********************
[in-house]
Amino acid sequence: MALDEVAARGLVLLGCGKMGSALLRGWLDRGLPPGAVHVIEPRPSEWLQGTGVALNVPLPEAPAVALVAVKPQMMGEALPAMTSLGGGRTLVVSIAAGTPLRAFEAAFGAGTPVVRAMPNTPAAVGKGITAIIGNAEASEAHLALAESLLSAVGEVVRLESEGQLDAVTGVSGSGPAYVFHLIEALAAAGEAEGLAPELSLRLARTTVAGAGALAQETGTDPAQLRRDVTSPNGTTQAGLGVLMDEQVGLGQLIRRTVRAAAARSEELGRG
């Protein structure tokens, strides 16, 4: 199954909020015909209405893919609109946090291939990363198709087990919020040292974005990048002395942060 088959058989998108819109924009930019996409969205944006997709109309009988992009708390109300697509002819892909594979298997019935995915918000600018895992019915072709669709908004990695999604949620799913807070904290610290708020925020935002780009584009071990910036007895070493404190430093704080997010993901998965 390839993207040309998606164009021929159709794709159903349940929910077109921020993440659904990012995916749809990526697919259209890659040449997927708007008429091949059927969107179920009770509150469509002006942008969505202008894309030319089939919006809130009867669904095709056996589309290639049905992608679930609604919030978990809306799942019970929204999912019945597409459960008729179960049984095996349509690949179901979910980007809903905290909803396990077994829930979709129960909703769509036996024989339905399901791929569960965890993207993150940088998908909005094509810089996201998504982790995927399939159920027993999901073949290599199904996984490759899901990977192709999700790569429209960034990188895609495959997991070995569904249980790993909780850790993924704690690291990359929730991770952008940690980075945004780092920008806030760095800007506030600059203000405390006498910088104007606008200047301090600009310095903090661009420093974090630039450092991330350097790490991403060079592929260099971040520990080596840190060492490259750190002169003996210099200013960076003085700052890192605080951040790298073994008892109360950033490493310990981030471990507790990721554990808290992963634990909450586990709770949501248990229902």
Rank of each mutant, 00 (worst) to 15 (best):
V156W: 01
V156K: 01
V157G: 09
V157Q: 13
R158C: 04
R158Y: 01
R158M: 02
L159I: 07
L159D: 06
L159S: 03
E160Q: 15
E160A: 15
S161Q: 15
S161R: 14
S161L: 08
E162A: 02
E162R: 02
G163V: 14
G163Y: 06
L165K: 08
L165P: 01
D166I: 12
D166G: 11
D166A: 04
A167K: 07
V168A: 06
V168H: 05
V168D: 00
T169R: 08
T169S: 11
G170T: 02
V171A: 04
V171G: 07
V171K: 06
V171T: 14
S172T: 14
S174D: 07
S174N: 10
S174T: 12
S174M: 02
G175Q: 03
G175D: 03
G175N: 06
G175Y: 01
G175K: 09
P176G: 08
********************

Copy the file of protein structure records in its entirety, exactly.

[in-house]
Amino acid sequence: MALDEVAARGLVLLGCGKMGSALLRGWLDRGLPPGAVHVIEPRPSEWLQGTGVALNVPLPEAPAVALVAVKPQMMGEALPAMTSLGGGRTLVVSIAAGTPLRAFEAAFGAGTPVVRAMPNTPAAVGKGITAIIGNAEASEAHLALAESLLSAVGEVVRLESEGQLDAVTGVSGSGPAYVFHLIEALAAAGEAEGLAPELSLRLARTTVAGAGALAQETGTDPAQLRRDVTSPNGTTQAGLGVLMDEQVGLGQLIRRTVRAAAARSEELGRG
């Protein structure tokens, strides 16, 4: 199954909020015909209405893919609109946090291939990363198709087990919020040292974005990048002395942060 088959058989998108819109924009930019996409969205944006997709109309009988992009708390109300697509002819892909594979298997019935995915918000600018895992019915072709669709908004990695999604949620799913807070904290610290708020925020935002780009584009071990910036007895070493404190430093704080997010993901998965 390839993207040309998606164009021929159709794709159903349940929910077109921020993440659904990012995916749809990526697919259209890659040449997927708007008429091949059927969107179920009770509150469509002006942008969505202008894309030319089939919006809130009867669904095709056996589309290639049905992608679930609604919030978990809306799942019970929204999912019945597409459960008729179960049984095996349509690949179901979910980007809903905290909803396990077994829930979709129960909703769509036996024989339905399901791929569960965890993207993150940088998908909005094509810089996201998504982790995927399939159920027993999901073949290599199904996984490759899901990977192709999700790569429209960034990188895609495959997991070995569904249980790993909780850790993924704690690291990359929730991770952008940690980075945004780092920008806030760095800007506030600059203000405390006498910088104007606008200047301090600009310095903090661009420093974090630039450092991330350097790490991403060079592929260099971040520990080596840190060492490259750190002169003996210099200013960076003085700052890192605080951040790298073994008892109360950033490493310990981030471990507790990721554990808290992963634990909450586990709770949501248990229902």
Rank of each mutant, 00 (worst) to 15 (best):
V156W: 01
V156K: 01
V157G: 09
V157Q: 13
R158C: 04
R158Y: 01
R158M: 02
L159I: 07
L159D: 06
L159S: 03
E160Q: 15
E160A: 15
S161Q: 15
S161R: 14
S161L: 08
E162A: 02
E162R: 02
G163V: 14
G163Y: 06
L165K: 08
L165P: 01
D166I: 12
D166G: 11
D166A: 04
A167K: 07
V168A: 06
V168H: 05
V168D: 00
T169R: 08
T169S: 11
G170T: 02
V171A: 04
V171G: 07
V171K: 06
V171T: 14
S172T: 14
S174D: 07
S174N: 10
S174T: 12
S174M: 02
G175Q: 03
G175D: 03
G175N: 06
G175Y: 01
G175K: 09
P176G: 08